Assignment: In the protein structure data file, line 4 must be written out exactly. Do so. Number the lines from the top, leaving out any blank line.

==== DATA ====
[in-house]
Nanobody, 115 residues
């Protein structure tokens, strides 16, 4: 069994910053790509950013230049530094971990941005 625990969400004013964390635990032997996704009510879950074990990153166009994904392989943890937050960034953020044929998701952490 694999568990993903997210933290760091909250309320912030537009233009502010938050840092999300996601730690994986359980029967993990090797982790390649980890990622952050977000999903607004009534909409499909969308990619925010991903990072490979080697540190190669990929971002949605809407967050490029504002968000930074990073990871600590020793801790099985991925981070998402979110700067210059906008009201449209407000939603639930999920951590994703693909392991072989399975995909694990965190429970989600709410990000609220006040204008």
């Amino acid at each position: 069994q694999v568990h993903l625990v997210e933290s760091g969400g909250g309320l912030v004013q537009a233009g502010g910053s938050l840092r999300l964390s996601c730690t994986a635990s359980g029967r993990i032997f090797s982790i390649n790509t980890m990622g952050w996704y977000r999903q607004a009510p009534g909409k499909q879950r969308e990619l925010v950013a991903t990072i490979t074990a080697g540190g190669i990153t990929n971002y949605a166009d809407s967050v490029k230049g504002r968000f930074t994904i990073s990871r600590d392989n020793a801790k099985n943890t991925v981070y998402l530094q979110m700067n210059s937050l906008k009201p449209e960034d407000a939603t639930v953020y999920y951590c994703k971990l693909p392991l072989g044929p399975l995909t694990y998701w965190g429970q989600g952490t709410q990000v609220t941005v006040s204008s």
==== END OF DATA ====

């Amino acid at each position: 069994q694999v568990h993903l625990v997210e933290s760091g969400g909250g309320l912030v004013q537009a233009g502010g910053s938050l840092r999300l964390s996601c730690t994986a635990s359980g029967r993990i032997f090797s982790i390649n790509t980890m990622g952050w996704y977000r999903q607004a009510p009534g909409k499909q879950r969308e990619l925010v950013a991903t990072i490979t074990a080697g540190g190669i990153t990929n971002y949605a166009d809407s967050v490029k230049g504002r968000f930074t994904i990073s990871r600590d392989n020793a801790k099985n943890t991925v981070y998402l530094q979110m700067n210059s937050l906008k009201p449209e960034d407000a939603t639930v953020y999920y951590c994703k971990l693909p392991l072989g044929p399975l995909t694990y998701w965190g429970q989600g952490t709410q990000v609220t941005v006040s204008s």